From time to time, my inbox is graced with a link someone came across and thought I’d be interested in checking out. More often than not, the sender is seeking my opinion on the contents of the link. I guess myself and the smartaid crew on Twitter have kind of gotten a reputation for not slacking on criticizing bad aid practices. Guess I am guilty as charged. When I read this piece on Mashable, I did a double-take before pulling out my tried and true aid-snark criticism.

But before I do that, let me first ask a question. What separates us from our money on our way to doing something charitable? Is it because we love the product or because we love the cause that the product’s proceeds support? I took part in criticizing TOMS’ ‘buy one, give one’ campaign earlier this year. I’ve generally not agreed with any initiative that falsely claims that giving things for free solves endemic problems. I think this is a fairly elementary understanding of good development.

So why am I pausing before I criticize Sevenly’s new t-shirt initiative? At first glance, I thought, ‘now here is something that I can get behind.’ But the more I think about it, the more I am torn about this little variation to the status quo.

Sevenly stretches its gimmicky name to it’s logical conclusion. It partners with a deserving non-profit organization. They design a shirt, and put in on sell for seven days. Seven dollars from each sale goes to support the partner organization. This is a little different twist from the TOMS Shoes BOGO model in that it is a strictly financial donation to a non-profit organization on the sale of a T-shirt (see also (Product) RED).

Again with my question: What separates us from our money? Surely you can find a T-shirt at your nearest Banana Republic or Old Navy for the same amount. It is also reasonable to assume that you can find a charity as the recipient of your hard-earned $24. Apparently, the problem is that we are doing more of the latter and very little of the former. Here’s why Sevenly was founded:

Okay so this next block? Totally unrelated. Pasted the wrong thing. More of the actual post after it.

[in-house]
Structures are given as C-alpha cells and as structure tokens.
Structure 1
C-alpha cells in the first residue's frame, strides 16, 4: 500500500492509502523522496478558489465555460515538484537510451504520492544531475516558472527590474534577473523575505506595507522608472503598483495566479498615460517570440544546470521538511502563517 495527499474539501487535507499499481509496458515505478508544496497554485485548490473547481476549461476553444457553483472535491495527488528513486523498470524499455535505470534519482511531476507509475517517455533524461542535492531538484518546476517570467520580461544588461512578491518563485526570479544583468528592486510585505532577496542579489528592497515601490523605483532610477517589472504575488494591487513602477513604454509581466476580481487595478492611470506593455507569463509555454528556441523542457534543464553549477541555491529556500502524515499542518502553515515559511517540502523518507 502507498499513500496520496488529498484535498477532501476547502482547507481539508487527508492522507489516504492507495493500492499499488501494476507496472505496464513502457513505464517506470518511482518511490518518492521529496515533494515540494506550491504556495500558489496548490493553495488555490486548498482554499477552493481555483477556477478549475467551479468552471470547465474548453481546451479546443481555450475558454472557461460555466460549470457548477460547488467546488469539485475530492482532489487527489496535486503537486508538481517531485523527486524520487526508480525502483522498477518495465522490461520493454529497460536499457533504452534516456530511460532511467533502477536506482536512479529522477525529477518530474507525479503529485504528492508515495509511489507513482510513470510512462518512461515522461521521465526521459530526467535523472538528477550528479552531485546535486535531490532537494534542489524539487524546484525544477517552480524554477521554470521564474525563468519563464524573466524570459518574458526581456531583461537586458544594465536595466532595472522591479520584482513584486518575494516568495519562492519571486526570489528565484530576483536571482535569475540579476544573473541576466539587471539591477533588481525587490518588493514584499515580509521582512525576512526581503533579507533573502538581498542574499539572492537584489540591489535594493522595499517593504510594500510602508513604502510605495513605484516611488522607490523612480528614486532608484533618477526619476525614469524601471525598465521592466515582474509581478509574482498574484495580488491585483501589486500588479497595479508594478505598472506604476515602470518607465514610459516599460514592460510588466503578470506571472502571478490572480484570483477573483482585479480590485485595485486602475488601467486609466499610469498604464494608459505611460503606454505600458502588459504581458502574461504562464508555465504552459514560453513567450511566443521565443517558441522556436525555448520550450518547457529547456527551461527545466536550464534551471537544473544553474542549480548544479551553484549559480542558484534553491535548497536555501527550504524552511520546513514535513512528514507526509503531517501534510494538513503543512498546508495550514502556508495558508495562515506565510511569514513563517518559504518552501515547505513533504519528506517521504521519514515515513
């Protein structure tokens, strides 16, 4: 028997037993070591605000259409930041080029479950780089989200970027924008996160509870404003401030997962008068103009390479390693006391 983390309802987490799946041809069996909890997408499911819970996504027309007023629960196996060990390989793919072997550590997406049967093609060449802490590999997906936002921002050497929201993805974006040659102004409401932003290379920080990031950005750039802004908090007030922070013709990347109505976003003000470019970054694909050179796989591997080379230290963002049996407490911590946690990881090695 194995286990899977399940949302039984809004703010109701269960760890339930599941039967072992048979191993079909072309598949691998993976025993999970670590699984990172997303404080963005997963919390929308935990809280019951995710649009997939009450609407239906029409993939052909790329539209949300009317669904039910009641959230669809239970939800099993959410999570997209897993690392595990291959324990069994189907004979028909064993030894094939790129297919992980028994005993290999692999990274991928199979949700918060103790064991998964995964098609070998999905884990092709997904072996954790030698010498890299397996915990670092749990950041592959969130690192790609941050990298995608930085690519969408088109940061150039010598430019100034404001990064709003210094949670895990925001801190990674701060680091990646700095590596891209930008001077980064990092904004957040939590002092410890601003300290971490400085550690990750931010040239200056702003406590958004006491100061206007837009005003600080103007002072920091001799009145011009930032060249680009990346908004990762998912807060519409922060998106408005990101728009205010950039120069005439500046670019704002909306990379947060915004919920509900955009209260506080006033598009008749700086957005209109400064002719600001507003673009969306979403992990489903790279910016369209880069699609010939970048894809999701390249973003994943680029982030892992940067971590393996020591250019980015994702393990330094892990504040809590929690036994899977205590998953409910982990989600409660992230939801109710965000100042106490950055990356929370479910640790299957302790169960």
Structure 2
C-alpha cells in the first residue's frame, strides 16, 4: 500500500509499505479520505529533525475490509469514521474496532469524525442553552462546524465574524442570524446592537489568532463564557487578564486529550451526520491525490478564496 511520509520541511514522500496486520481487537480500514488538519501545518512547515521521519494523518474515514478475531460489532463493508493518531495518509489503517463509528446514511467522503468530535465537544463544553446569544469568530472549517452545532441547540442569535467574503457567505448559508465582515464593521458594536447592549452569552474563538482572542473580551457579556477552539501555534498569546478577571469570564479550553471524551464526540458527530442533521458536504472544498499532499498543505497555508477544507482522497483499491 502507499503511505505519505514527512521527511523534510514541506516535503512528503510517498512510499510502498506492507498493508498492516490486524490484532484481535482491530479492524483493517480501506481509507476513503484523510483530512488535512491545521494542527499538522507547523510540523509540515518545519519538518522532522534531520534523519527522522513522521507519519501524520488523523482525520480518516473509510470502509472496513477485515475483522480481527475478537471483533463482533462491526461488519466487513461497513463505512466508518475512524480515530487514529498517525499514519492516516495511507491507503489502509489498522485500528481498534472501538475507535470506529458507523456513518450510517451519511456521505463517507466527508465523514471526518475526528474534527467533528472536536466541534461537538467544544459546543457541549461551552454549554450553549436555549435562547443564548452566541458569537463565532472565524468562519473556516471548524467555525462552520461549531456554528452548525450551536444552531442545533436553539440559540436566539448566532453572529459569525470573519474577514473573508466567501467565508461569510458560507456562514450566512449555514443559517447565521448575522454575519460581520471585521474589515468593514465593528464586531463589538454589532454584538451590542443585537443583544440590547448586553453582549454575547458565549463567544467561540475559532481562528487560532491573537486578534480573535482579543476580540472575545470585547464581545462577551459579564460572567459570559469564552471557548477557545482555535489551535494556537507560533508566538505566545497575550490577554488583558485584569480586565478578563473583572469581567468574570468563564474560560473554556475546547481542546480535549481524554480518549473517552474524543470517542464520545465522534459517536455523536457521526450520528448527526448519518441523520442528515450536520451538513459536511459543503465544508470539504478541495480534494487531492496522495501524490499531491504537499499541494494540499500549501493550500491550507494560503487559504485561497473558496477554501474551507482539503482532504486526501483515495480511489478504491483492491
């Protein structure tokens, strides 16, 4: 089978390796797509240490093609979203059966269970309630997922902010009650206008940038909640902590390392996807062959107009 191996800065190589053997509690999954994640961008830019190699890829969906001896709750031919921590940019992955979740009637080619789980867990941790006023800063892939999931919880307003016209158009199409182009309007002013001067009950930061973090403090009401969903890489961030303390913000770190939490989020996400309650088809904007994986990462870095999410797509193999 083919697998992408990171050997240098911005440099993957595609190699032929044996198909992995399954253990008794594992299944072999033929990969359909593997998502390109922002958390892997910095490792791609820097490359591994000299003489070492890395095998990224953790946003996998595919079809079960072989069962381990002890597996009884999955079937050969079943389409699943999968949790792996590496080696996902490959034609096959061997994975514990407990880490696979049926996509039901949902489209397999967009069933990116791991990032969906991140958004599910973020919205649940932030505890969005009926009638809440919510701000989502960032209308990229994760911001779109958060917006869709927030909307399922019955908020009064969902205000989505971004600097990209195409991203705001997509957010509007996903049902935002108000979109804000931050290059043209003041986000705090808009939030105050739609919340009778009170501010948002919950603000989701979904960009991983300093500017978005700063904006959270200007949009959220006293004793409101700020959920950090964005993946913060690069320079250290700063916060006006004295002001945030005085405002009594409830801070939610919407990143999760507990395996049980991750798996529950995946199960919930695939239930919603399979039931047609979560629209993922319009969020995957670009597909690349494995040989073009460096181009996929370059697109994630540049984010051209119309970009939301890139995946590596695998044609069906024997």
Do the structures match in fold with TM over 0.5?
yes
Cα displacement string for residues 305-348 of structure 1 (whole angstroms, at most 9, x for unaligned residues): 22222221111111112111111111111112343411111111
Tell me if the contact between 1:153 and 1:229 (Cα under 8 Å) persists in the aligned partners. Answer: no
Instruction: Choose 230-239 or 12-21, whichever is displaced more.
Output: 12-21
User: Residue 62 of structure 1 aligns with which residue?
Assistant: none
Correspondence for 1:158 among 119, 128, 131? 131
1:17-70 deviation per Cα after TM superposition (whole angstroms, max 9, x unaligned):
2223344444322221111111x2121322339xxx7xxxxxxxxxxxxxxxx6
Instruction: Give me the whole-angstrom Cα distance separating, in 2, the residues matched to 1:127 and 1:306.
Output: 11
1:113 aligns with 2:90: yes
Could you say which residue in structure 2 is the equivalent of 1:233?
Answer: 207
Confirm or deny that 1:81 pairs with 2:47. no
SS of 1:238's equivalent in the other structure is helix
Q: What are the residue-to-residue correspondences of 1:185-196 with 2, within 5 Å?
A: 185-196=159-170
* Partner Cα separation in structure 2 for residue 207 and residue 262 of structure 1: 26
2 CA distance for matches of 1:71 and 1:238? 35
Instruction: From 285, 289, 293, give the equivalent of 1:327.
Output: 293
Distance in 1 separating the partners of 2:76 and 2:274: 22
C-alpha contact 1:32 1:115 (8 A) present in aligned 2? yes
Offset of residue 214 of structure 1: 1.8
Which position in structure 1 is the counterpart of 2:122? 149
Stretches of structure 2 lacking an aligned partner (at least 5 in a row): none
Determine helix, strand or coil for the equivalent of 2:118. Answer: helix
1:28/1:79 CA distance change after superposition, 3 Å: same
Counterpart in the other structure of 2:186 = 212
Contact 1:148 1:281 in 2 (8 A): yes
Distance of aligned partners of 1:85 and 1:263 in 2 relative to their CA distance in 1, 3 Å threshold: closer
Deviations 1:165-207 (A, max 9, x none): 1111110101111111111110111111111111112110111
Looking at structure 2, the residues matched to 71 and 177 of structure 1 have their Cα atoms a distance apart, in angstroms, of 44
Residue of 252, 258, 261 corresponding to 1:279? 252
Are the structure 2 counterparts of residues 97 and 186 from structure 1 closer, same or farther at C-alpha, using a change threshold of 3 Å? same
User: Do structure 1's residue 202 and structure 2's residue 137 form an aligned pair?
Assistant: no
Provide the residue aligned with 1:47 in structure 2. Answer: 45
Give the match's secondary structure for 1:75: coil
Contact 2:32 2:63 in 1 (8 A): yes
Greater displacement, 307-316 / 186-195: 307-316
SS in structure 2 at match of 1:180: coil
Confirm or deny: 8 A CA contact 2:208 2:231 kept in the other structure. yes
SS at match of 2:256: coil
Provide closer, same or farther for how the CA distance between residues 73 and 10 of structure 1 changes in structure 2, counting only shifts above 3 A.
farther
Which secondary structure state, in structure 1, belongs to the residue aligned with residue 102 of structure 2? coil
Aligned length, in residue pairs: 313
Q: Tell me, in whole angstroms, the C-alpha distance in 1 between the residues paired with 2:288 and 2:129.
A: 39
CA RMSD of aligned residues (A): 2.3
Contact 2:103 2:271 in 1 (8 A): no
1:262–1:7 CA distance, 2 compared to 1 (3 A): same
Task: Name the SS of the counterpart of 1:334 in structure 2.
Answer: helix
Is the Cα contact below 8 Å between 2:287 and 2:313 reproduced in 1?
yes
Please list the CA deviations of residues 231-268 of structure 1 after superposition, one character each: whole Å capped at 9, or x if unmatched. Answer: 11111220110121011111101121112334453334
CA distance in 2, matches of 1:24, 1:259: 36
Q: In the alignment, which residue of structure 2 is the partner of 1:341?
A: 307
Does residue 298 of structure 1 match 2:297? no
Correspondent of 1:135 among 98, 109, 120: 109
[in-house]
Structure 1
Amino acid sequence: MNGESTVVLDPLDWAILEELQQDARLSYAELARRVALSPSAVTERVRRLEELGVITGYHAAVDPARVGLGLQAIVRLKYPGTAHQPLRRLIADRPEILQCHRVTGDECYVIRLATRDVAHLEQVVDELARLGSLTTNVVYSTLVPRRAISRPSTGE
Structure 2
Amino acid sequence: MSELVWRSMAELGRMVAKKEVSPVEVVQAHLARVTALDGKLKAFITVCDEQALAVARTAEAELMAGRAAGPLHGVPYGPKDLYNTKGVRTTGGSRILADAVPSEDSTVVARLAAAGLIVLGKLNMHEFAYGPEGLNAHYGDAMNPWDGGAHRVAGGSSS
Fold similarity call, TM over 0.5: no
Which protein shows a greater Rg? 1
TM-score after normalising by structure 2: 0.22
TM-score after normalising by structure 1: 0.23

Co-founders Dale Partridge and Aaron Chavez were motivated to create the site after seeing the amount of worthy non-profits that shut down within their first year open. The problem isn’t apathy so much as a lack of following, funding and awareness.

Sevenly is attempting to address donor apathy by rolling charitable giving into consumer habits. As I write this, a ‘poverty-porn’-laced video from World Relief highlighting rape in Congo is playing on the home page. I am left asking myself exactly how giving $7 to World Relief is going to stop that little boy in the video from getting raped. At this question I am lifting my hands off the keyboard asking myself why I would be so heartless as to question World Relief’s efforts to stop(?) rape in Congo?* But really, how is selling a shirt going to stop the rape of over 1000 men, women, and children today? How much of that $7 is actually reaching the ground? Do you really really care when you hit the buy button?

Like TOMS, Sevenly has simply figured out a better way to sell shirts and make a profit, not a better way to help non-profits stay sustainably relevant. Which is another way of arranging a mutually-beneficial backscratching. The non-profits are just a beneficiary cog in the marketing machine. By targeting your heart strings, philanthropic e-commerce has found a new way to separate you from your hard-earned money and leave you that much more separated from the cause du jour. If this strategy had any merit at all as a philanthropic initiative, Sevenly should have reversed its share of the piece of the pie by giving away 2/3 and finding a way to operate on 1/3. Any initiative that leans heavy in favor of self-sustanability is just pulling your chain. I’d be impressed if the company designing and manufacturing the shirts for this week actually employed a subset of the recipients in the Congo. I highly doubt any of that is happening.

Sigh. So much for thinking there was something to like about Sevenly. Seems to me it is just a continuation of the status quo. Yes, yes
I know what you are going to say:

“At least it is better than nothing.”

That, my friend, does not make it right, now does it?